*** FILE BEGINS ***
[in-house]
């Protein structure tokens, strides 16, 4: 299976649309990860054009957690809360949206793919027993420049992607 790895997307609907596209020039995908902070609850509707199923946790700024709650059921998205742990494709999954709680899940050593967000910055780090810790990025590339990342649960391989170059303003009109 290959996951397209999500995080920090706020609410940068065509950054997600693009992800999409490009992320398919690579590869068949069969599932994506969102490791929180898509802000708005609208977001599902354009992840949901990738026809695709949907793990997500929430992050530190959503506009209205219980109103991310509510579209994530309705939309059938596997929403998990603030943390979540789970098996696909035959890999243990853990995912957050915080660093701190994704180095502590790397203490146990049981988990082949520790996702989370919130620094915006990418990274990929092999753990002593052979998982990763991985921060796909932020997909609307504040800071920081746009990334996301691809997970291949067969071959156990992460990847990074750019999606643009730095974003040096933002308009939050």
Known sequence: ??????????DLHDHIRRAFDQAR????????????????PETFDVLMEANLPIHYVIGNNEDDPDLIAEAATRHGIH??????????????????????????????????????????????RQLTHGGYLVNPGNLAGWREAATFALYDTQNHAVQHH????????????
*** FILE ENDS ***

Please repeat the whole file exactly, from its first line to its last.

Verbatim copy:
[in-house]
């Protein structure tokens, strides 16, 4: 299976649309990860054009957690809360949206793919027993420049992607 790895997307609907596209020039995908902070609850509707199923946790700024709650059921998205742990494709999954709680899940050593967000910055780090810790990025590339990342649960391989170059303003009109 290959996951397209999500995080920090706020609410940068065509950054997600693009992800999409490009992320398919690579590869068949069969599932994506969102490791929180898509802000708005609208977001599902354009992840949901990738026809695709949907793990997500929430992050530190959503506009209205219980109103991310509510579209994530309705939309059938596997929403998990603030943390979540789970098996696909035959890999243990853990995912957050915080660093701190994704180095502590790397203490146990049981988990082949520790996702989370919130620094915006990418990274990929092999753990002593052979998982990763991985921060796909932020997909609307504040800071920081746009990334996301691809997970291949067969071959156990992460990847990074750019999606643009730095974003040096933002308009939050």
Known sequence: ??????????DLHDHIRRAFDQAR????????????????PETFDVLMEANLPIHYVIGNNEDDPDLIAEAATRHGIH??????????????????????????????????????????????RQLTHGGYLVNPGNLAGWREAATFALYDTQNHAVQHH????????????